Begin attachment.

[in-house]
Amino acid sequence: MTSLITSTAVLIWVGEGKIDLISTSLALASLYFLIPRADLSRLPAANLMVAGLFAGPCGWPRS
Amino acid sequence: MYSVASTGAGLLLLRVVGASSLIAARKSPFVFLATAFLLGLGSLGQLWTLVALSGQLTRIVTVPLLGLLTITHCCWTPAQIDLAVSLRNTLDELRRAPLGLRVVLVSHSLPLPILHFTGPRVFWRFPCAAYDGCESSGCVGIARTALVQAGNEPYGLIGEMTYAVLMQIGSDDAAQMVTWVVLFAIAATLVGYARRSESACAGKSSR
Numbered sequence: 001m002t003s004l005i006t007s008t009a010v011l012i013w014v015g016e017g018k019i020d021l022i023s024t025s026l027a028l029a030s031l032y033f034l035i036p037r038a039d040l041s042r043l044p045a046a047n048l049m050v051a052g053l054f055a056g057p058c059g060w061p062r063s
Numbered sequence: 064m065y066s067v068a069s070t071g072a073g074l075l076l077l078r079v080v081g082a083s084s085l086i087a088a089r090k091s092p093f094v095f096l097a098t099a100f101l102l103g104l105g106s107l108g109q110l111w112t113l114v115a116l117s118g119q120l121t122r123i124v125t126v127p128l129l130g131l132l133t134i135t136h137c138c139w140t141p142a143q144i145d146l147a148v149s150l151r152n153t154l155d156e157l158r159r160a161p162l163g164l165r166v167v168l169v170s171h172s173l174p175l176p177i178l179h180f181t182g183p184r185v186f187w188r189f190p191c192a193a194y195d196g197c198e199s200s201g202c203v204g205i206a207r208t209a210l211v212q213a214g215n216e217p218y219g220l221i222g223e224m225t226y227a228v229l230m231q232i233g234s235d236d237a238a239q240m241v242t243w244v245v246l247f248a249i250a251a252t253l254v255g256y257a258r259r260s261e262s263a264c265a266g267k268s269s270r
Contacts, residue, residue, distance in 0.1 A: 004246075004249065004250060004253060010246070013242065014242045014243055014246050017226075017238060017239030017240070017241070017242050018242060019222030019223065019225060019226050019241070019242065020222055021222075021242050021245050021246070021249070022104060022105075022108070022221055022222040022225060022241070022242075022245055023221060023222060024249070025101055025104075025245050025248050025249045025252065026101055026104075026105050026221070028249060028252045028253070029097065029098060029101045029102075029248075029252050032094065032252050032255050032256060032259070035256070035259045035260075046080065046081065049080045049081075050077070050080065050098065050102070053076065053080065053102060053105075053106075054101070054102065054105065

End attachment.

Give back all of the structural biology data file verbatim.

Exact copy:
[in-house]
Amino acid sequence: MTSLITSTAVLIWVGEGKIDLISTSLALASLYFLIPRADLSRLPAANLMVAGLFAGPCGWPRS
Amino acid sequence: MYSVASTGAGLLLLRVVGASSLIAARKSPFVFLATAFLLGLGSLGQLWTLVALSGQLTRIVTVPLLGLLTITHCCWTPAQIDLAVSLRNTLDELRRAPLGLRVVLVSHSLPLPILHFTGPRVFWRFPCAAYDGCESSGCVGIARTALVQAGNEPYGLIGEMTYAVLMQIGSDDAAQMVTWVVLFAIAATLVGYARRSESACAGKSSR
Numbered sequence: 001m002t003s004l005i006t007s008t009a010v011l012i013w014v015g016e017g018k019i020d021l022i023s024t025s026l027a028l029a030s031l032y033f034l035i036p037r038a039d040l041s042r043l044p045a046a047n048l049m050v051a052g053l054f055a056g057p058c059g060w061p062r063s
Numbered sequence: 064m065y066s067v068a069s070t071g072a073g074l075l076l077l078r079v080v081g082a083s084s085l086i087a088a089r090k091s092p093f094v095f096l097a098t099a100f101l102l103g104l105g106s107l108g109q110l111w112t113l114v115a116l117s118g119q120l121t122r123i124v125t126v127p128l129l130g131l132l133t134i135t136h137c138c139w140t141p142a143q144i145d146l147a148v149s150l151r152n153t154l155d156e157l158r159r160a161p162l163g164l165r166v167v168l169v170s171h172s173l174p175l176p177i178l179h180f181t182g183p184r185v186f187w188r189f190p191c192a193a194y195d196g197c198e199s200s201g202c203v204g205i206a207r208t209a210l211v212q213a214g215n216e217p218y219g220l221i222g223e224m225t226y227a228v229l230m231q232i233g234s235d236d237a238a239q240m241v242t243w244v245v246l247f248a249i250a251a252t253l254v255g256y257a258r259r260s261e262s263a264c265a266g267k268s269s270r
Contacts, residue, residue, distance in 0.1 A: 004246075004249065004250060004253060010246070013242065014242045014243055014246050017226075017238060017239030017240070017241070017242050018242060019222030019223065019225060019226050019241070019242065020222055021222075021242050021245050021246070021249070022104060022105075022108070022221055022222040022225060022241070022242075022245055023221060023222060024249070025101055025104075025245050025248050025249045025252065026101055026104075026105050026221070028249060028252045028253070029097065029098060029101045029102075029248075029252050032094065032252050032255050032256060032259070035256070035259045035260075046080065046081065049080045049081075050077070050080065050098065050102070053076065053080065053102060053105075053106075054101070054102065054105065